Rising household bills mean many are feeling more financially squeezed than ever – with stress and pressure further piled on by a tumultuous employment market and the ongoing ripple effects of the pandemic.
In an environment where financial worries are the norm rather than the exception, banks and lenders are increasingly aware of the knock-on effects from overly stretched customers. How best to support these people, especially the vulnerable, is front of mind more than ever.
We know from the FCA’s 2022 Financial Lives Study, that around 47% of the UK adult population (24.9 million people) have characteristics that makes them vulnerable in the eyes of the regulator. This number has risen in recent years, largely due to the number of people with low financial resilience, that is: the ability to withstand financial shocks brought about by life events. The other drivers of vulnerability are poor health, recent negative life events, and low capability.
This drives home the point that vulnerability can no longer be considered just a specialist issue, as those experiencing these difficulties make up around half of our society, and therefore the customer base. As the landscape evolves, so do the challenges customers face, and so the guidance and support available from firms must keep pace with these changes.
At the Lending Standards Board (LSB), we recently undertook a piece of work focusing on how banks and lenders registered with our best practice Standards and Codes identify and support vulnerable customers. The resulting report is full of examples of good practice and further guidance, some of which are shared below. We urge firms not currently registered with the LSB to take action off the back of the report to collectively raise industry standards so customers can receive the highest level of support and protections during the crisis.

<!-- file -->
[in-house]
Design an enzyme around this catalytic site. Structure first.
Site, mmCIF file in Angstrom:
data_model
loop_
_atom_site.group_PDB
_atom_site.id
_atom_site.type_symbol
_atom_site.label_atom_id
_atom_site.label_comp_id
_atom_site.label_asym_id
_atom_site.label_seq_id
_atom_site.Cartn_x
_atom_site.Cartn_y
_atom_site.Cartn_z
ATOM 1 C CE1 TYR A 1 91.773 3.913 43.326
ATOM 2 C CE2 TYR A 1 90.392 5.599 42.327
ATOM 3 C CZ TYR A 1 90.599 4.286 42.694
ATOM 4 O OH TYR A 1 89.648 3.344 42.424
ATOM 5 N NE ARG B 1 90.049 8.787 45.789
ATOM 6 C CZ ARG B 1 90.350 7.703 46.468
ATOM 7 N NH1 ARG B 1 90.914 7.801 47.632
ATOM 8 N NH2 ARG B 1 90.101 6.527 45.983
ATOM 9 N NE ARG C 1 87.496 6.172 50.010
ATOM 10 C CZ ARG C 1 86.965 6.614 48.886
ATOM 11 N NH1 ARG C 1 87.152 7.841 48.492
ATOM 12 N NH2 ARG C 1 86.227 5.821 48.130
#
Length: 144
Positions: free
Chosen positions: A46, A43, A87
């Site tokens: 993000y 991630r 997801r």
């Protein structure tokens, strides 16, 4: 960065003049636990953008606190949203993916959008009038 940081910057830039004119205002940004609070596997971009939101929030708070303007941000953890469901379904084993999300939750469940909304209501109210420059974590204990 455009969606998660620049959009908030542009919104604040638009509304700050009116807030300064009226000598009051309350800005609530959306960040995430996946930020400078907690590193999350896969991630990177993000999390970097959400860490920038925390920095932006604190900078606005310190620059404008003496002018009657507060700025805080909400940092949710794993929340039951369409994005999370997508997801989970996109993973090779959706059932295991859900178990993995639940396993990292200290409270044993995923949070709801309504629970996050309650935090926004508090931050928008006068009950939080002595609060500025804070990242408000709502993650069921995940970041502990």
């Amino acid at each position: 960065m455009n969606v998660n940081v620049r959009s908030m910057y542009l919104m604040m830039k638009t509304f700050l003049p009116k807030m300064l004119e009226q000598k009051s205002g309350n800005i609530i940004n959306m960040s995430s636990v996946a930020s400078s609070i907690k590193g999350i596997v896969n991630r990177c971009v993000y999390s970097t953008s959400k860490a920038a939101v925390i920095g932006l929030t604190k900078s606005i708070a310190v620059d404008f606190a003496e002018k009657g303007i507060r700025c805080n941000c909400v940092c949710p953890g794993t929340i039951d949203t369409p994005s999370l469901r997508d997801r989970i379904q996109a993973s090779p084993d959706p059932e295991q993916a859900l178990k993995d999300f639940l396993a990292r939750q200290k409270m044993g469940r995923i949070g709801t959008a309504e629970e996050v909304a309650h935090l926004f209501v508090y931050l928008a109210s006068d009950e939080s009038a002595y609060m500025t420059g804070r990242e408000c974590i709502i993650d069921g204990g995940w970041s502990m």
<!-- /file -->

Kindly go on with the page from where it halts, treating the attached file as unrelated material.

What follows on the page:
‘Tell us once’: Identifying your vulnerable customers
The report highlights that a ‘tell us once’ approach when it comes to recording information about customer vulnerabilities, saves a customer having to repeat themselves, as disclosing a difficulty once is hard enough. Having a record of these conversations ensures any support needs are recognised by all staff, regardless of when they interact with the customer. It also notes that vulnerabilities can be both transient or permanent and it is important that the identification methods used by firms take account of this.
Customers are often identified as vulnerable only as they enter financial difficulty. Therefore, a key area of focus for staff training throughout the customer journey should be on the soft skills needed to be empathetic, while drawing out information through sensitive questioning and probing, to ensure support can be provided at the most appropriate time.
Firms also need to make sure that processes allow for a regular review of the customer’s circumstances, to understand whether a given identified vulnerability is still having an impact, and if there are ongoing support needs.
Of course, we live in an age where it is usual for the vast majority of customers to engage with their bank or lender via digital channels. Within digital channels, we found firms had fewer opportunities to identify vulnerability due to systems not currently allowing this to occur easily. The challenge for firms now lies in identifying vulnerability and additional support needs throughout the digital journey and enabling self-declaration, without adding too much friction into what should be a highly automated process.